Peter Kennedy

Prof. Peter Kennedy,

Has held the Burton Chair of Neurology at the University of Glasgow since 1987, one of the youngest doctors ever chosen to lead a Neurology department in the UK, since when he has also been Consultant Neurologist at the Institute of Neurological Sciences in the Southern General Hospital in Glasgow. Trained in medicine at University College London  and in Clinical Neurology at the National Hospital, Queen Square, London, he was then a Visiting Assistant Professor of Neurology at the Johns Hopkins University in Baltimore, USA before becoming a Senior Lecturer in Neurology and Virology in Glasgow University.  He was Head of the Division of Clinical Neurosciences at Glasgow University 2003-10, Chairman of the EFNS Scientist Panel on Infections and AIDS 2000-7, and President of the International Society for Neurovirology (ISNV) 2004-10. His particular research areas are in Neurovirology, especially Varicella-Zoster virus (VZV) infection of the nervous system and, more recently, human African trypanosomiasis (sleeping sickness) in sub-Saharan Africa. The latter work  has involved frequent research visits to the African field, and, using a well-established mouse model, his group has developed a novel oral form of the toxic intravenous drug melarsoprol for late-stage (CNS) disease. He also  wrote an award winning popular science book on this subject called 'The Fatal Sleep'.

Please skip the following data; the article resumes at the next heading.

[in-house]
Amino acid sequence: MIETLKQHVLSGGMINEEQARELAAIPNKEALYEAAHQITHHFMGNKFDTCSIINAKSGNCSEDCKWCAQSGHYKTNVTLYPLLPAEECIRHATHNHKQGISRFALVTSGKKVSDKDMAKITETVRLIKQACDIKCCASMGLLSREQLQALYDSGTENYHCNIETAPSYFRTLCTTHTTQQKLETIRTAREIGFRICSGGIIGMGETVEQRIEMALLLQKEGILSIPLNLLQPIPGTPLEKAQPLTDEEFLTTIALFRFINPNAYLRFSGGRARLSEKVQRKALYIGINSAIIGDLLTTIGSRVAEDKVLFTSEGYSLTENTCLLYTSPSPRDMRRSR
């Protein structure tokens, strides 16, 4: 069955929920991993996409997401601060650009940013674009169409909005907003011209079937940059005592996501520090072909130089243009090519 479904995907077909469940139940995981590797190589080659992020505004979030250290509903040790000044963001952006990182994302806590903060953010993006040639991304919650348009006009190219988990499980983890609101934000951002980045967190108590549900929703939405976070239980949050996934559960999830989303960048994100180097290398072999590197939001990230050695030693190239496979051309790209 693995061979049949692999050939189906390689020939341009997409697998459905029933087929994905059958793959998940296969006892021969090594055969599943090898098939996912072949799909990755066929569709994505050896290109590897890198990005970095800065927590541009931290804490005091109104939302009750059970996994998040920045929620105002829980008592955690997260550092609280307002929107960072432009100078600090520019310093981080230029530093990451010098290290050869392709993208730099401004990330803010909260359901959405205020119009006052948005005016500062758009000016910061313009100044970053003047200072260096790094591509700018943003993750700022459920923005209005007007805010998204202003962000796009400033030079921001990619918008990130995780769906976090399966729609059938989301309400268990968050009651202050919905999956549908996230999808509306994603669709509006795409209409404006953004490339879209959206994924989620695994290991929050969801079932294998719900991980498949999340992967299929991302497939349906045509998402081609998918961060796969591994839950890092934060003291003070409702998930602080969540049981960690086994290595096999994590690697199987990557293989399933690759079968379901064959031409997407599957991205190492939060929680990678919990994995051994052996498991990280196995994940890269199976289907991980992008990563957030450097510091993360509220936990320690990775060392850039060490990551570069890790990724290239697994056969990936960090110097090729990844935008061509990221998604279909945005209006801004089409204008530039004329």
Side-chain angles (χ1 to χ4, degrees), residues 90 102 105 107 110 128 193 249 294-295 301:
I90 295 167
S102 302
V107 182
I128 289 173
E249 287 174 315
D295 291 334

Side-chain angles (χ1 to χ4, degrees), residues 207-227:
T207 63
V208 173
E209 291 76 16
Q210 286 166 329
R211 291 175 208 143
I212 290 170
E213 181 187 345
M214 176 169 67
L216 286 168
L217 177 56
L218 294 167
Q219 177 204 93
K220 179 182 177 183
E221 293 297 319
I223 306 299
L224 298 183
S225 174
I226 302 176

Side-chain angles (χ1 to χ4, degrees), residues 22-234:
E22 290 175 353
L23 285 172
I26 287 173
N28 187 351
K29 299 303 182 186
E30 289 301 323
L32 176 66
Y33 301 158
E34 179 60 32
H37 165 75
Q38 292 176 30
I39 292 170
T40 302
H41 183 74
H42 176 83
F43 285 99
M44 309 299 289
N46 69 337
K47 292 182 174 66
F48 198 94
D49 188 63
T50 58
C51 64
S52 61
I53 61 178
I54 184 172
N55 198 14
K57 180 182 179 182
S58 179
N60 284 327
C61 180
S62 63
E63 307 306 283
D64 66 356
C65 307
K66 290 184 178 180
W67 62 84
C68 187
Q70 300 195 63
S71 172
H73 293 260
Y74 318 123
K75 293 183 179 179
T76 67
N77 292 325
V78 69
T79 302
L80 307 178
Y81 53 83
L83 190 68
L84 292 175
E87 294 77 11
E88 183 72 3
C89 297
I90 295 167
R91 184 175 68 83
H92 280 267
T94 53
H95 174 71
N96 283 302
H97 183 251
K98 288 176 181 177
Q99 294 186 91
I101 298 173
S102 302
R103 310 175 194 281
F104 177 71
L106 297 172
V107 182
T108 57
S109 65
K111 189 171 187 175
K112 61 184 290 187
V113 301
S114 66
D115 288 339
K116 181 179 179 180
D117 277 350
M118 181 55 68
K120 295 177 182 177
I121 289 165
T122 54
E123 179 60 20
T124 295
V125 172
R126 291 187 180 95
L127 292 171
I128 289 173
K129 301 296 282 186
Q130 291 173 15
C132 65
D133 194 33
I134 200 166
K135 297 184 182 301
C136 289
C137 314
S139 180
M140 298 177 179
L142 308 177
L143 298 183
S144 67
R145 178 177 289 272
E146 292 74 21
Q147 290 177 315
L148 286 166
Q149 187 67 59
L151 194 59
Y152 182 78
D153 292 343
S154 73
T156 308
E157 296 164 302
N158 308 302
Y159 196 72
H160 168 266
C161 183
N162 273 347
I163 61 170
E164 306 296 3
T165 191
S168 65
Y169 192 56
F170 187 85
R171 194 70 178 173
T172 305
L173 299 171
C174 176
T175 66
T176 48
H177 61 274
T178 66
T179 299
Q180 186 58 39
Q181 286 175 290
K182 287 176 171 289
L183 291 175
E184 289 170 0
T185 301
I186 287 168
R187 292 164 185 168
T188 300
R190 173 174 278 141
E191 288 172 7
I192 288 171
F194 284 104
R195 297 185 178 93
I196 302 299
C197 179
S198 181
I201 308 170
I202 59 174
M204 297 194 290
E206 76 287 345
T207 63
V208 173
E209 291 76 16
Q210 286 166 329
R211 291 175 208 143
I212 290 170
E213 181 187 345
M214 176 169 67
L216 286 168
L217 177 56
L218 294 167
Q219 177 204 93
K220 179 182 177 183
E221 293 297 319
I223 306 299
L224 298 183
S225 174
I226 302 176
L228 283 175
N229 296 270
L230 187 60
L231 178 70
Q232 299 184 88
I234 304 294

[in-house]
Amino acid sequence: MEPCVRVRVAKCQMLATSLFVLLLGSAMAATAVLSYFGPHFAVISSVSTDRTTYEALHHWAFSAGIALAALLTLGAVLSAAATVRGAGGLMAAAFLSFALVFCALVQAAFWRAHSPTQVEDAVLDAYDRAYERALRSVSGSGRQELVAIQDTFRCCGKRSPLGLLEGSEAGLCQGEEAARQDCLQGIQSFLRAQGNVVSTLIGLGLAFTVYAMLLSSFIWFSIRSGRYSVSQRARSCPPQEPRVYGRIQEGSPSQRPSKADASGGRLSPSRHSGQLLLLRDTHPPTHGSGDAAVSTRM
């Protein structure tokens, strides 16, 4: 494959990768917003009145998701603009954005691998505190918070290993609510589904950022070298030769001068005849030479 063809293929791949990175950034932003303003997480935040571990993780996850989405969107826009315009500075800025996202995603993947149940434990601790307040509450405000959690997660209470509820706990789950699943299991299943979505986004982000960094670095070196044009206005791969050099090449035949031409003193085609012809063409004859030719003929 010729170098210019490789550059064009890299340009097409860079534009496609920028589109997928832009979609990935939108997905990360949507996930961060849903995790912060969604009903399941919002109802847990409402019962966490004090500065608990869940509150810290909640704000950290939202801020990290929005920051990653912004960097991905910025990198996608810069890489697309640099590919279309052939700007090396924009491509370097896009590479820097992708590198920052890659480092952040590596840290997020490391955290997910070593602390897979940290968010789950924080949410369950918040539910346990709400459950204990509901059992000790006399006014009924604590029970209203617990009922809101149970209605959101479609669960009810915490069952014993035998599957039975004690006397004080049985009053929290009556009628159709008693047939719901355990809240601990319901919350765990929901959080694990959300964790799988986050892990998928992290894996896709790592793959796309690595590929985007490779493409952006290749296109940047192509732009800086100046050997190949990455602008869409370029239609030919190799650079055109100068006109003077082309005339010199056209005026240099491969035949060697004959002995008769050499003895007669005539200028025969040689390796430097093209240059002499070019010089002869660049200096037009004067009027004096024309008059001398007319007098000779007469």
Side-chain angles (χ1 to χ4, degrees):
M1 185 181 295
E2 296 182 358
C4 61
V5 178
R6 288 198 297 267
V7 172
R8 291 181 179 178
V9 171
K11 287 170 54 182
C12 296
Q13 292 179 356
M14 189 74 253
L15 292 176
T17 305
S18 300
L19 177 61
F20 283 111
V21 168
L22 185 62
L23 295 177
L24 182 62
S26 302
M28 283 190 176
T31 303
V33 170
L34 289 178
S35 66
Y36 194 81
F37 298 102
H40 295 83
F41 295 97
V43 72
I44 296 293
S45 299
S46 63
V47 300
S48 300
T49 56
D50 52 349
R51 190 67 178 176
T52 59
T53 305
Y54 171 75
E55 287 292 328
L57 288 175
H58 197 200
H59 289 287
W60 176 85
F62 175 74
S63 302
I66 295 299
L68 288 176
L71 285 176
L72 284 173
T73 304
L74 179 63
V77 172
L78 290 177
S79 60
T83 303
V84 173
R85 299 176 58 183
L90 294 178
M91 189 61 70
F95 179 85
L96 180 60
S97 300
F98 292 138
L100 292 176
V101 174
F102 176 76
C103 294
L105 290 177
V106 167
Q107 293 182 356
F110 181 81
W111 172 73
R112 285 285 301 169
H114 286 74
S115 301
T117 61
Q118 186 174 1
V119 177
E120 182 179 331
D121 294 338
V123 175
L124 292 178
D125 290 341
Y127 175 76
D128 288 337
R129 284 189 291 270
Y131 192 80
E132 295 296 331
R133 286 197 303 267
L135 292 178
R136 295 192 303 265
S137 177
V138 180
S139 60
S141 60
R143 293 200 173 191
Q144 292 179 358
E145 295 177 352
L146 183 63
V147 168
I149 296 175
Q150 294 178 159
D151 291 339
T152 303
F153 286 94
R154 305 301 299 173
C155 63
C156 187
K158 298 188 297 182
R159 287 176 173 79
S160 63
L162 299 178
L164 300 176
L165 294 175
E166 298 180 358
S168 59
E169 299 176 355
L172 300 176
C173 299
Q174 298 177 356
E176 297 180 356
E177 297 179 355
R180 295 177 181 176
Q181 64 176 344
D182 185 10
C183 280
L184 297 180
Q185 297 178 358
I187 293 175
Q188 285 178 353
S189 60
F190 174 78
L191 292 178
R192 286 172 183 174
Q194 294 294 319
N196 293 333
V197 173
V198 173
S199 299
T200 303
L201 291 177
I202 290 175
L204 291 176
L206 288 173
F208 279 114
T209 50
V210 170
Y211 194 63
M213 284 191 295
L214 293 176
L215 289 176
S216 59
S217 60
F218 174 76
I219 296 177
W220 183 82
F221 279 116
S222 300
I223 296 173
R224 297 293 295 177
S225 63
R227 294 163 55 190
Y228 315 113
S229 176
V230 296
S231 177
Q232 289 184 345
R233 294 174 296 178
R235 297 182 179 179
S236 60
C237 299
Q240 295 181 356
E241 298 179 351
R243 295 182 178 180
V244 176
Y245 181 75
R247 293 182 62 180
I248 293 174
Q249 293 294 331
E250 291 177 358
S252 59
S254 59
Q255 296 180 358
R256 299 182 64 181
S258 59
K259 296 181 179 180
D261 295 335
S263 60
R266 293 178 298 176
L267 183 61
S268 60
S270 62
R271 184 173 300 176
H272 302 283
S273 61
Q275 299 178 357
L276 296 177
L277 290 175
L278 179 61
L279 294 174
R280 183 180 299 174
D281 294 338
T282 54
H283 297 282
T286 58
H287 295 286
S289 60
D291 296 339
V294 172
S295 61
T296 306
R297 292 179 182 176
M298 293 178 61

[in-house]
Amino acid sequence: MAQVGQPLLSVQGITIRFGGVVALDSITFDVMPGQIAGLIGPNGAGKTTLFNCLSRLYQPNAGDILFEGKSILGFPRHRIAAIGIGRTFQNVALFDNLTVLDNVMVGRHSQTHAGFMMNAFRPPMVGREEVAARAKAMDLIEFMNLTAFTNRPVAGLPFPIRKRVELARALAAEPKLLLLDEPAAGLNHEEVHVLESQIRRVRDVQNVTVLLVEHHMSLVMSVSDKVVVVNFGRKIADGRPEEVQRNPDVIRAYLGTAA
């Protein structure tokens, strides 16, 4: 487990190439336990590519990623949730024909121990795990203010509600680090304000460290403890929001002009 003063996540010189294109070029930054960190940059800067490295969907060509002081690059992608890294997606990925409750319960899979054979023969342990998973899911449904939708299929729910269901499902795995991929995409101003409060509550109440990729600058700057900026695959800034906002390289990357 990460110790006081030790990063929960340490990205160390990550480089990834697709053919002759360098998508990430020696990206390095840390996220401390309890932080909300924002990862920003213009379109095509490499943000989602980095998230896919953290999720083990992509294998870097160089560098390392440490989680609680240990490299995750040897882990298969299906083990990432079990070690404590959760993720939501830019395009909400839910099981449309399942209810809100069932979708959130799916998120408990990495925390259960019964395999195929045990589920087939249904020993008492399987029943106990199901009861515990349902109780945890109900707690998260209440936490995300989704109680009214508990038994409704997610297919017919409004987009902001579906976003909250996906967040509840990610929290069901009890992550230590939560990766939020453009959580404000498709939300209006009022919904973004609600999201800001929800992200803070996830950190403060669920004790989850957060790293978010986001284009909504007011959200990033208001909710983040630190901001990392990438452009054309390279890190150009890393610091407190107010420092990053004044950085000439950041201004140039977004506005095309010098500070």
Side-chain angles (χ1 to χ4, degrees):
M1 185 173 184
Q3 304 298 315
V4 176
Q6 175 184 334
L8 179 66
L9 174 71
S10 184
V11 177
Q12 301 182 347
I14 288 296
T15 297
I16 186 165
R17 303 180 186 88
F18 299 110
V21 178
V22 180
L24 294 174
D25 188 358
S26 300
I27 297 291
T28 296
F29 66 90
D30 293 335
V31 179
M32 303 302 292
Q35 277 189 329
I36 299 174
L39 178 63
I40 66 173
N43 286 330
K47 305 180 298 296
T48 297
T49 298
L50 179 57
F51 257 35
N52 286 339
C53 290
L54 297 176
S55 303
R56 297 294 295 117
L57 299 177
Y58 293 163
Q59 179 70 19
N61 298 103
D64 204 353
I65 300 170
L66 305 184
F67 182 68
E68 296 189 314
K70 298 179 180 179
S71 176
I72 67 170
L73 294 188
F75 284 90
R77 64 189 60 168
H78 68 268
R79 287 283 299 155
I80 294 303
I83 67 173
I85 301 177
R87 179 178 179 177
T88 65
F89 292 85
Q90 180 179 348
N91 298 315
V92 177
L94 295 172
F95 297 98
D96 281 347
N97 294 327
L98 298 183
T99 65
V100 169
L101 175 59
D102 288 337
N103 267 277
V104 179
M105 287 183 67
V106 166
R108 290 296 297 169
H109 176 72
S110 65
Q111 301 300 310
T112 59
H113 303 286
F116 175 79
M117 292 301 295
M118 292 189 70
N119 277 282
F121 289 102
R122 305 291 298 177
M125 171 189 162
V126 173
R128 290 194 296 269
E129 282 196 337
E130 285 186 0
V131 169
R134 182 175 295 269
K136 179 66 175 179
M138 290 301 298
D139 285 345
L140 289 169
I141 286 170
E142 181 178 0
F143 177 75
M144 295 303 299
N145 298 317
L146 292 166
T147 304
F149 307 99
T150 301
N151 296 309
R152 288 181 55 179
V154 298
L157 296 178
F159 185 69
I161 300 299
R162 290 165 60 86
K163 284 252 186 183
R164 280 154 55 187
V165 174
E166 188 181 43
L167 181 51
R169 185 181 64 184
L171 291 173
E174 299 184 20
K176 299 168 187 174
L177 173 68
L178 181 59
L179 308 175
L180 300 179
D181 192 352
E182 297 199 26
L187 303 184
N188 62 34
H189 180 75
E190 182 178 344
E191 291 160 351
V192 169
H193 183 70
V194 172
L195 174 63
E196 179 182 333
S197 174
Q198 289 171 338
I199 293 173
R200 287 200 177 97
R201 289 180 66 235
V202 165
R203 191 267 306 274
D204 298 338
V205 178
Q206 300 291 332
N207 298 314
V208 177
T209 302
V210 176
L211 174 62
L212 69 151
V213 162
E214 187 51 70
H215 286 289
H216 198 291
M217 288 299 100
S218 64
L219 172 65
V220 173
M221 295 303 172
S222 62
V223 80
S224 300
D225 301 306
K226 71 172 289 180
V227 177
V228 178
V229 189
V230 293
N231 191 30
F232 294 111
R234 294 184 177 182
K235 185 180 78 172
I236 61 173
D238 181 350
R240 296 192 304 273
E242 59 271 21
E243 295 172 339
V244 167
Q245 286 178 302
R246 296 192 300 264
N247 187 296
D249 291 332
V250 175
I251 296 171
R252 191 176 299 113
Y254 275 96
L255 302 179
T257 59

He holds the degrees of MD, PhD and DSc, from London University and is a fellow of both the Royal Society of Edinburgh (FRSE) and the Academy of Medical Sciences (FMedSci). He also holds two Masters degrees in Philosophy (M.Phil,M.Litt). He is also a fellow of the Royal College of Physicians, the Royal College of Pathologists and the Association of Physicians. In 2010 he was appointed a Commander of the Order of the British Empire (CBE) by The Queen for 'services to clinical science'. He has published over 200 medical and scientific articles and is the recipient of numerous awards for his research, most  recently receiving the Sir James Black Medal (senior prize in the biomedical sciences ) of the Royal Society of Edinburgh for his "outstanding contributions to tropical medicine though his pioneering work in human African trypanosomiasis and Neurovirology".